This post is not legal advice.
Pesticide drift is a concern of many agricultural producers. This summer producers in the South and Midwest experienced damage to crops due to pesticide drift. Producers adopting new technology from Monsanto caused the pesticide drift. This new technology was Roundup Ready 2 Xtend soybeans and Bollgard II XtendFlex cotton. 2 Xtend products are resistant to dicamba, but not the types of dicamba on the market when Monsanto began marketing Xtend soybeans and cotton. The type of dicamba for Xtend, VaporGrip, is designed to be lower volatility that minimizes drift but was not approved by the EPA till November 2016. Hundreds of producers filed complaints after detecting crop damage due to pesticide drift this past year. Recently, a group of producers in Missouri has filed a class action lawsuit in Missouri against Monsanto seeking more than $5,000,000 in damages due to drift for producers in Alabama, Arkansas, Illinois, Kentucky, Minnesota, Mississippi, Missouri, North Carolina, Tennessee, and Texas.
In 2015, Monsanto began to market Xtend cottonseeds and soybean seeds in 2016. These seeds are resistant to the herbicide dicamba but not existing varieties currently on the market. To use with Xtend varieties, Monsanto designed VaporGrip to be a lower volatile dicamba to lower the possibility of drift. The EPA till November 2016 did not approve VaporGrip for the market, two years after the marketing of Xtend cottonseeds had begun.
Producers who grew the Xtend varieties began to utilize dicambas on the market to control weeds. This misuse of dicambas has to lead to an estimated 200,000 acres of drift damage in just Arkansas, Missouri, and Tennessee.
Class Action Lawsuit
Before we start, let me explain what a class action lawsuit is. A class action lawsuit is when a group of plaintiffs suffering similar injuries sues a defendant (or group of defendants) for the injuries. In this case, producers who did not grow the Xtend varieties are suing Monsanto for the drift damage the producers suffered due to VaporGrip not being on the market.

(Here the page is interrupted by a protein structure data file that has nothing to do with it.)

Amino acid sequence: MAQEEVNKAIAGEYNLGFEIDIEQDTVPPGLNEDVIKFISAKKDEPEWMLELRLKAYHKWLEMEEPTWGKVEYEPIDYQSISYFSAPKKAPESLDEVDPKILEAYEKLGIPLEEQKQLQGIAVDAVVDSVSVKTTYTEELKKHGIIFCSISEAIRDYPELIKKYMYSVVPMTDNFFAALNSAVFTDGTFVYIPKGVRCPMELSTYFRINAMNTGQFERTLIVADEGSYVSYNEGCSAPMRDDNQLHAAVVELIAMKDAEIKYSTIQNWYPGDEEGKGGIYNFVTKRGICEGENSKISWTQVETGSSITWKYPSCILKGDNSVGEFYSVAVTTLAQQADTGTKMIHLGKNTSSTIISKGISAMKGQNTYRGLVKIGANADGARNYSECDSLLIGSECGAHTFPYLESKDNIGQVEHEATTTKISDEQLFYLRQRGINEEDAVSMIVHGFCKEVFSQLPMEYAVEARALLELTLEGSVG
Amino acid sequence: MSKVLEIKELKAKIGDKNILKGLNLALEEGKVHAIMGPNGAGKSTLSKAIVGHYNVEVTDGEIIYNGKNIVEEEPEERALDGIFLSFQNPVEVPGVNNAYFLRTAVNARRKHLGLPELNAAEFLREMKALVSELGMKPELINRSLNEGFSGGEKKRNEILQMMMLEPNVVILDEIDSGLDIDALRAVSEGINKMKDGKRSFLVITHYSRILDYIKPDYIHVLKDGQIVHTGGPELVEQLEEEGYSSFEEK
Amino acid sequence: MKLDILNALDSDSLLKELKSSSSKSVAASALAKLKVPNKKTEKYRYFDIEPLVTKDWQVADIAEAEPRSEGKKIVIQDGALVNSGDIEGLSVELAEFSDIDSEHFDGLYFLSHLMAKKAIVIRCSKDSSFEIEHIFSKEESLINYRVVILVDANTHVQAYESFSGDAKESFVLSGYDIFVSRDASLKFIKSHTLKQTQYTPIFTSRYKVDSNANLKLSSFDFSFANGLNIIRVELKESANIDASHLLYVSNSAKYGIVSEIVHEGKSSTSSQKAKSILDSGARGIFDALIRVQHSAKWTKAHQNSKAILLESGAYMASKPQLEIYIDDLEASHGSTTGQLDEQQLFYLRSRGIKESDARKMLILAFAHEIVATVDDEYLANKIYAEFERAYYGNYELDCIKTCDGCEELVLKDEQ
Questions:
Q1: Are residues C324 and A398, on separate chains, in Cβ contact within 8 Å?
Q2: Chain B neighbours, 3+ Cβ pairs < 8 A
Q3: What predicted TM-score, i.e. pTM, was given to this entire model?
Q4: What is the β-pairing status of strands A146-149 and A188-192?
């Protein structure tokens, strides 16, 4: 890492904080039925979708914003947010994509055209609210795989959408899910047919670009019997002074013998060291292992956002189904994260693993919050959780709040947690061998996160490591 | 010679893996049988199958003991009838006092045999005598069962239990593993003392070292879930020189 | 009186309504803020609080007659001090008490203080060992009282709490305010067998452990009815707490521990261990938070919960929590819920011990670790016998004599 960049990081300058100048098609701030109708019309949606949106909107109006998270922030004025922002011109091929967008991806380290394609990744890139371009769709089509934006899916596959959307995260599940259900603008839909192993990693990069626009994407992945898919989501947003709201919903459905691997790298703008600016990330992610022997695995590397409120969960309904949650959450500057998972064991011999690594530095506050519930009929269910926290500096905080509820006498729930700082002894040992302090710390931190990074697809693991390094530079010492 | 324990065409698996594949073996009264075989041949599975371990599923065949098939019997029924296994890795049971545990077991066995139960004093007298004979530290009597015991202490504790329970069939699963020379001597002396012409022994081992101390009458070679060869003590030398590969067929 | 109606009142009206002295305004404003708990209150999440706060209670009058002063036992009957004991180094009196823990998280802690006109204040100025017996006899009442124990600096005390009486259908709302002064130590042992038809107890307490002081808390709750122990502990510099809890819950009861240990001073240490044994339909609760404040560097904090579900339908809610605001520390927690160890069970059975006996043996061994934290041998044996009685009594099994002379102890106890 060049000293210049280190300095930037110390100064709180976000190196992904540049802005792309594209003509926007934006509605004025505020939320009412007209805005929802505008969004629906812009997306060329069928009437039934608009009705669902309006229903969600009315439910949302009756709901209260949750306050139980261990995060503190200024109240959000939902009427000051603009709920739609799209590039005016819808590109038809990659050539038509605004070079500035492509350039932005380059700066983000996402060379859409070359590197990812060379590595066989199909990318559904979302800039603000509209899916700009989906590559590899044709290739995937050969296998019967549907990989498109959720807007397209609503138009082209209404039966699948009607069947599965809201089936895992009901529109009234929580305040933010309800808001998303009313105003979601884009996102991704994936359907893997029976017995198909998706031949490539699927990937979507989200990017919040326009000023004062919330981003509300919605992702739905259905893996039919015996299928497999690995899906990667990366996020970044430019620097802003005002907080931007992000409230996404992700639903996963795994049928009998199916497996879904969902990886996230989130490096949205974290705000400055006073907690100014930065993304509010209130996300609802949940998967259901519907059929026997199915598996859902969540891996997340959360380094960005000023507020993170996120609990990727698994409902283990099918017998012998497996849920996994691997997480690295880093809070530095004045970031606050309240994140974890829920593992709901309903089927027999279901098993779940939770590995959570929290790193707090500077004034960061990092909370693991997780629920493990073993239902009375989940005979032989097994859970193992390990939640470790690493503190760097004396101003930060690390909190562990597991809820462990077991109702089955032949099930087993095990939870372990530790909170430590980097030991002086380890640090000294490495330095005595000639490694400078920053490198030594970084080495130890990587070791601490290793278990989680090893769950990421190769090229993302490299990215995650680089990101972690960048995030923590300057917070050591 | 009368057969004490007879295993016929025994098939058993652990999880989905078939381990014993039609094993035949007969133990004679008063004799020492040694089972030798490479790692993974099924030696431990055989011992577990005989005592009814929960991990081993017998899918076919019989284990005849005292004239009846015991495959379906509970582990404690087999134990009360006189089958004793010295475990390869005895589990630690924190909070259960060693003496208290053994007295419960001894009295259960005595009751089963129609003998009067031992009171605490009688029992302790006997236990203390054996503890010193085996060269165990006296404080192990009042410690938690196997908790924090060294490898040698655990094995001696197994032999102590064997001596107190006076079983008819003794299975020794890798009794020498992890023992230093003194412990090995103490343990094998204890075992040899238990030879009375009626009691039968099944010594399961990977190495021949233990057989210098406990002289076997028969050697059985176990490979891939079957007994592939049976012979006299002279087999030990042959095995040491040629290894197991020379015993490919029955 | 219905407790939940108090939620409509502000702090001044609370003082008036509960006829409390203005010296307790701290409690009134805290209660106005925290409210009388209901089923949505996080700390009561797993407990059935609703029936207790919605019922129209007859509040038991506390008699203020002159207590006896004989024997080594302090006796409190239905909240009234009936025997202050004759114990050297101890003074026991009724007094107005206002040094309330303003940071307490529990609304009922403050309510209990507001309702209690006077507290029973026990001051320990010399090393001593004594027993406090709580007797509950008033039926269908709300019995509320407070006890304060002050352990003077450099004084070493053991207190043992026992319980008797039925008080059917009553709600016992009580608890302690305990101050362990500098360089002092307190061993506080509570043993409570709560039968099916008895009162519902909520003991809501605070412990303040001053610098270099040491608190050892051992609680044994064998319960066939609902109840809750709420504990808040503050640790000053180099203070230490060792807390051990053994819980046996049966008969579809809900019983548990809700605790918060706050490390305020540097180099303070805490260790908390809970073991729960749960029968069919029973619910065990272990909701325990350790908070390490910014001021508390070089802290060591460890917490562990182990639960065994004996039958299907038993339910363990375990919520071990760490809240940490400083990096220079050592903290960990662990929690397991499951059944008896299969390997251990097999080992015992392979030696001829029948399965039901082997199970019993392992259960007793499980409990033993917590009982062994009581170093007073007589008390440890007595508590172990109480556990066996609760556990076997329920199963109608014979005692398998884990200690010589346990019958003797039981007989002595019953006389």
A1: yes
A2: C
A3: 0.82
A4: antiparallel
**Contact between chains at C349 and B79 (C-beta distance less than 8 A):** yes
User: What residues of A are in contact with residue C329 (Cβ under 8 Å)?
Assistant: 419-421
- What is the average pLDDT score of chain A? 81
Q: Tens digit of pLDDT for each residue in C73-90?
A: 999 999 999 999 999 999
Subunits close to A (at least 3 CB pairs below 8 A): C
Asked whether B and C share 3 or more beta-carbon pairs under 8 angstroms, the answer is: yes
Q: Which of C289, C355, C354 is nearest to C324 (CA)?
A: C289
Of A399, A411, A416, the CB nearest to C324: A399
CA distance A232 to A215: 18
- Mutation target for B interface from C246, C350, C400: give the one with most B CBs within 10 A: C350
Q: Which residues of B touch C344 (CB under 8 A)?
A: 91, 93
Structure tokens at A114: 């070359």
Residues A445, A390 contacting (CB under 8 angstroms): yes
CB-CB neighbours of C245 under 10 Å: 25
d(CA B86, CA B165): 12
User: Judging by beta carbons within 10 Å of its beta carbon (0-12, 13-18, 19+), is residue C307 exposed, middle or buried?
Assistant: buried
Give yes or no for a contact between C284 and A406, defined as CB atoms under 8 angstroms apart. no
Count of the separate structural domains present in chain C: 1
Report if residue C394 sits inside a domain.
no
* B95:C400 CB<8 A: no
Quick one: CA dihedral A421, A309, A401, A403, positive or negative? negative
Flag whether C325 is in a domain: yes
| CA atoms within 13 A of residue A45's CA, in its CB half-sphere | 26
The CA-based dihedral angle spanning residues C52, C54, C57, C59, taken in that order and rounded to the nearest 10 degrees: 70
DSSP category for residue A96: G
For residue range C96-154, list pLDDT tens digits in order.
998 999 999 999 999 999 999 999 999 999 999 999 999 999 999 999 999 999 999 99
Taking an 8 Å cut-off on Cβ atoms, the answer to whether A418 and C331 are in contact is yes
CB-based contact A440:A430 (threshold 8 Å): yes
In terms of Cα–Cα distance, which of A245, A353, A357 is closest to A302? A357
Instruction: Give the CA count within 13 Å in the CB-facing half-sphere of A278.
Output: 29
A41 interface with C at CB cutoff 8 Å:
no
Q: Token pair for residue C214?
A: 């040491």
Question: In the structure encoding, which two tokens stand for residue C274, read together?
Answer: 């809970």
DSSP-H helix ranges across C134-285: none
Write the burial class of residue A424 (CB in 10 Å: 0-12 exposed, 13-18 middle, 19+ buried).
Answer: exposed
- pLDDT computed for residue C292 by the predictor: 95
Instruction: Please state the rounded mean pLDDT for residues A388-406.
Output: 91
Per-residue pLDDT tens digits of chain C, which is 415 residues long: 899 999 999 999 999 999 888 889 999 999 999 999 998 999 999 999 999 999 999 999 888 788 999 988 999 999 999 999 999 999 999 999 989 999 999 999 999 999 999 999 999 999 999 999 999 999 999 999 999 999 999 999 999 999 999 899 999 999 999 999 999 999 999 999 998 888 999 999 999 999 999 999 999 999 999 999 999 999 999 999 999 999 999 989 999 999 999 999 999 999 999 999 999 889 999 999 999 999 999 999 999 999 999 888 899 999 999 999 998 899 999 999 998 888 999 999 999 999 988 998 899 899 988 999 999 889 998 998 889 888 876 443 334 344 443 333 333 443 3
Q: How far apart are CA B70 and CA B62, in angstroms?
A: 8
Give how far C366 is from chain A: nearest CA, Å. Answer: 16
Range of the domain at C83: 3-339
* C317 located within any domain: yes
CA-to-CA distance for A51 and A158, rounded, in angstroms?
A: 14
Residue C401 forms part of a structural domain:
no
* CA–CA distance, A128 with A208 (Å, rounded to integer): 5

In this class action, the producers are bringing claims that Monsanto is negligent in releasing the Xtend varieties before the VaporGrip dicamba was approved. Negligence is when a party fails to exercise the duty of care we would expect a reasonable and prudent person to exercise in the same situation. For example, a store employee mops the floor but fails to put a “Wet Floor” sign. A customer slips, falls, and is injured. If we expect a person in the same situation to put out a “Wet Floor” sign, then this would be an example of negligence.
In this case, the producers claim that Monsanto was negligent in releasing the varieties before VaporGrip’s approval. The theory is no company would release the variety before the herbicide was approved. Because of this, the Xtend varieties are a defective product due to the lack of a safe herbicide being on the market.
Other claims include that breached the implied warranty of merchantability. An implied warranty of merchantability is apart in all contracts that a product sold conforms to the average person’s expectations. In this case, the idea is that the seeds would have an approved herbicide to use. Finally, the producers claim that Monsanto fraudulently concealed the risks of planting Xtend seeds before the approval of VaporGrip to other producers, state governments, and the public.
The proposed class is limited to producers who did not grow Xtend varieties in Alabama, Arkansas, Illinois, Kentucky, Minnesota, Mississippi, Missouri, North Carolina, Tennessee, and Texas. Maryland producers would currently not be eligible for this lawsuit. This class action highlights issues that can happen when releasing a new seed variety before the herbicide paired with it. Should a company release a variety before the approval of the paired herbicide? This lawsuit may define a negligence standard when companies do just that and drift damage happens.
Class Action Complaint, Landers v. Monsanto Co., No. 17-cv-20 (E.D. Mo. Jan. 26, 2017) (No. 1)